Originally posted on Forbes | July 27, 2020 | By Jonathan H. Westover, Ph.D

In previous articles, I discussed the value of diversity in the workplace and the importance of creating a workplace culture of belonging, diversity and inclusivity. More inclusive organizations are better able to attract and retain talent, experience greater customer loyalty, have greater productivity and are more innovative. For these reasons alone (and the fact that it is the morally right thing to do), leaders should have a laser focus on promoting greater inclusivity within their organizations.

I believe we also need to develop our leadership skills around inclusivity. So why are inclusive leaders good for organizations?

A recent Harvard Business Review article explores this question: “Simply throwing a mix of people together doesn’t guarantee high performance; it requires inclusive leadership — leadership that assures that all team members feel they are treated respectfully and fairly, are valued and sense that they belong, and are confident and inspired.”

But how do we become more inclusive leaders?

The Challenge Of Successful Unconscious Bias Training

Years ago, I was sitting in a leadership meeting when my boss announced that we were going to have unconscious bias training. There were probably a couple dozen of us in the room, and there were a lot of eye rolls, moans and groans, and other expressions of discomfort and annoyance. While I was excited about the training, it appeared that the vast majority of my colleagues weren’t. In fact, as the training progressed, I witnessed active resistance from many of my colleagues, who simply were not having any of it and didn’t want to hear about their privilege, their microaggressions and their unconscious biases. A couple of individuals even vocally objected and said that they felt personally attacked by the presenter.

Their thinking was that if their biases and prejudices were unconscious, there was nothing they could do about them, so why even try?

Overall, this training was not effective and probably caused more harm than good. It aggravated my colleagues, caused most of them to put up walls and resulted in their re-entrenchment to outdated and harmful perspectives. Of course, unconscious bias training done well can have better outcomes, but the point is that it is easier said than done.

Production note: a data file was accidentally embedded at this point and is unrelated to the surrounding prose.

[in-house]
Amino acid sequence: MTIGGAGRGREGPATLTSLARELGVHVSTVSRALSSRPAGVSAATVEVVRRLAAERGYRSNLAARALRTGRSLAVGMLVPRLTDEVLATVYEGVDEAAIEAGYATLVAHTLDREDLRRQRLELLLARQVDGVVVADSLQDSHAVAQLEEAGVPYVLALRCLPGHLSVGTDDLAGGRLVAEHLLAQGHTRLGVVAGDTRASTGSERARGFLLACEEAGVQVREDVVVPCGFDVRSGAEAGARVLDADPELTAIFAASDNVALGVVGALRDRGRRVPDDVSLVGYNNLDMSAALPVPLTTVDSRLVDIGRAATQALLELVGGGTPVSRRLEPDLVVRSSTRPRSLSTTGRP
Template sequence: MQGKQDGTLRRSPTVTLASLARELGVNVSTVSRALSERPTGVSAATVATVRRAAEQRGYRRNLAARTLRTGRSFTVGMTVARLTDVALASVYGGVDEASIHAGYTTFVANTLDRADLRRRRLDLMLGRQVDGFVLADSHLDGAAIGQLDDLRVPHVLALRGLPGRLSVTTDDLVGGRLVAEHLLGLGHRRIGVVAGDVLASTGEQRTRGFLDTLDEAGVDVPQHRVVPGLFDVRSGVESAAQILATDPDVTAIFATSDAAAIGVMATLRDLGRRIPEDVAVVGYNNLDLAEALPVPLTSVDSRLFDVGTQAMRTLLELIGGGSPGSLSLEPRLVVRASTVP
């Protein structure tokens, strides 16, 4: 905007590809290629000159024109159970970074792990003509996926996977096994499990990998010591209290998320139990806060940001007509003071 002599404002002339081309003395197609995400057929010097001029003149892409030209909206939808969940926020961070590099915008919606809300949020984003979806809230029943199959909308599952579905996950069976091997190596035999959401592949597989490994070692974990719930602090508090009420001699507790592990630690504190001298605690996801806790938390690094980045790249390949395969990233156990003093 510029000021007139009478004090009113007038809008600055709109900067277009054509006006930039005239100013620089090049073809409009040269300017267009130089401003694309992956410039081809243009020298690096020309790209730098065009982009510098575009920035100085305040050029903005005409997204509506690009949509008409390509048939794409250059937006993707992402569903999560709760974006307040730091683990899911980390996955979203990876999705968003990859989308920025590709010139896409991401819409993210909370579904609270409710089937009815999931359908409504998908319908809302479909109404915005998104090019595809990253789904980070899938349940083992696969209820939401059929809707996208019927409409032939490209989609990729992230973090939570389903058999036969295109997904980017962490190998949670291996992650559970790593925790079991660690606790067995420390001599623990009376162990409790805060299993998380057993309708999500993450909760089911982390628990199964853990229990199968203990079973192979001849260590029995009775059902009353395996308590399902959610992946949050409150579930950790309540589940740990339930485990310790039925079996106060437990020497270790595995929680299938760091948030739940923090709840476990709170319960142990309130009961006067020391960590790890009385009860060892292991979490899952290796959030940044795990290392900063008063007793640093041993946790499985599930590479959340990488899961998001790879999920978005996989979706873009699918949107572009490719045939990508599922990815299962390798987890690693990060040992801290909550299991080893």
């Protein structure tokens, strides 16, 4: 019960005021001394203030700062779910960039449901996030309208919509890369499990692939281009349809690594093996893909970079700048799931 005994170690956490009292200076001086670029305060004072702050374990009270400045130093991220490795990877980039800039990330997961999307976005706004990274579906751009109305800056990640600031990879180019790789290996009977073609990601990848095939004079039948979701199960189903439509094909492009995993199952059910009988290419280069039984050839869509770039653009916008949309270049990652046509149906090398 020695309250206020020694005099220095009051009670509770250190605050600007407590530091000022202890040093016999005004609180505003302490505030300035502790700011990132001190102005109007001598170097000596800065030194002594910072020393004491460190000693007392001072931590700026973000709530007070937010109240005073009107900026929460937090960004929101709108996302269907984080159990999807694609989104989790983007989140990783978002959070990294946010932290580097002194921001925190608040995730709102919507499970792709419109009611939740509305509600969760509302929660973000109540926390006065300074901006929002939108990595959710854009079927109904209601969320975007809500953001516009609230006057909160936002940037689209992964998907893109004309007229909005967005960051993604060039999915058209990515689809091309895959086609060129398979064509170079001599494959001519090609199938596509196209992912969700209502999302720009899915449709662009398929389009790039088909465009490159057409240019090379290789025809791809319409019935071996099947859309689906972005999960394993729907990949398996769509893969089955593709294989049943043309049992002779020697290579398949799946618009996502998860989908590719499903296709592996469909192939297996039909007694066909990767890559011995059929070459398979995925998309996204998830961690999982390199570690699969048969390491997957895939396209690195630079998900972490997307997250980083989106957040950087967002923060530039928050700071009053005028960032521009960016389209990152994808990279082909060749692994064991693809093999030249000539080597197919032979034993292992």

If Not Unconscious Bias Training, Then What?

While unconscious bias training is an important part of an organization’s efforts toward making a safe and inclusive workplace environment and culture, I don’t think it is enough. Additionally, it carries with it a lot of social and cultural baggage, and many turn off as soon as they hear terms like unconscious bias, privilege and microaggressions.

Recently, I was interviewing Steve Yacovelli, author of Pride Leadership and an expert in organizational inclusion and LGBTQ+ advocacy, for my consulting podcast. Among the many things we discussed, he introduced me to the concept of being a consciously inclusive leader. He uses this action-oriented framing because he has seen many respond to unconscious bias training in very passive and often unproductive ways. So he wants to flip the script, break down resistance and help others understand why inclusion is in their best interest.

I think consciously inclusive leadership could effectively fill the gaps of unconscious bias training.

Becoming Consciously Inclusive Leaders

For Yacovelli, being a consciously inclusive leader requires us to not only work to uncover and understand our unconscious biases, but also to actively cultivate a culture and environment of organizational diversity, inclusion and belonging. According to him, “Diversity is being invited to the dance, and inclusion is being asked to dance. Belonging is feeling comfortable and being wanted at the dance. The feeling of belonging is key to a more productive and content workplace.”

He also suggests that the consciously inclusive leader needs to proactively “think in, speak up and act out.” Put simply, “think in” means to be willing to critically reflect on our own hidden personal biases and prejudices. “Speak up” simply means that we are willing to stand up for others when we witness an injustice occur. “Act out” means we need to be proactive about correcting the organizational systems to create a more inclusive workplace.

As we strive to become consciously inclusive leaders, I believe it is important to acknowledge that it isn’t rocket science. In fact, it is quite the opposite; often it is rather commonsense approaches that can help us be more inclusive. In large part, it is simply a matter of consistently treating yourself and everyone around you with dignity and respect.

Everything you do should demonstrate your awareness and understanding of the ambiguities, messiness and complexities of the world around you. Help those on your team understand and feel that you sincerely see them and hear them; that they are truly valued, needed and wanted; and that they have a meaningful opportunity to contribute to the organization’s successes and future strategic trajectory. Make your organization a place where everyone wants to be and where they can flourish.


An organizational culture and environment of diversity, inclusion and belonging are essential for the long-term sustainable success of any company. Not only do we need to create systems and programs to develop, promote and maintain a safe and inclusive workplace, but I think we also need to help all organizational leaders become more consciously inclusive in their interactions with their people and in modeling people-oriented values of dignity and respect for all.

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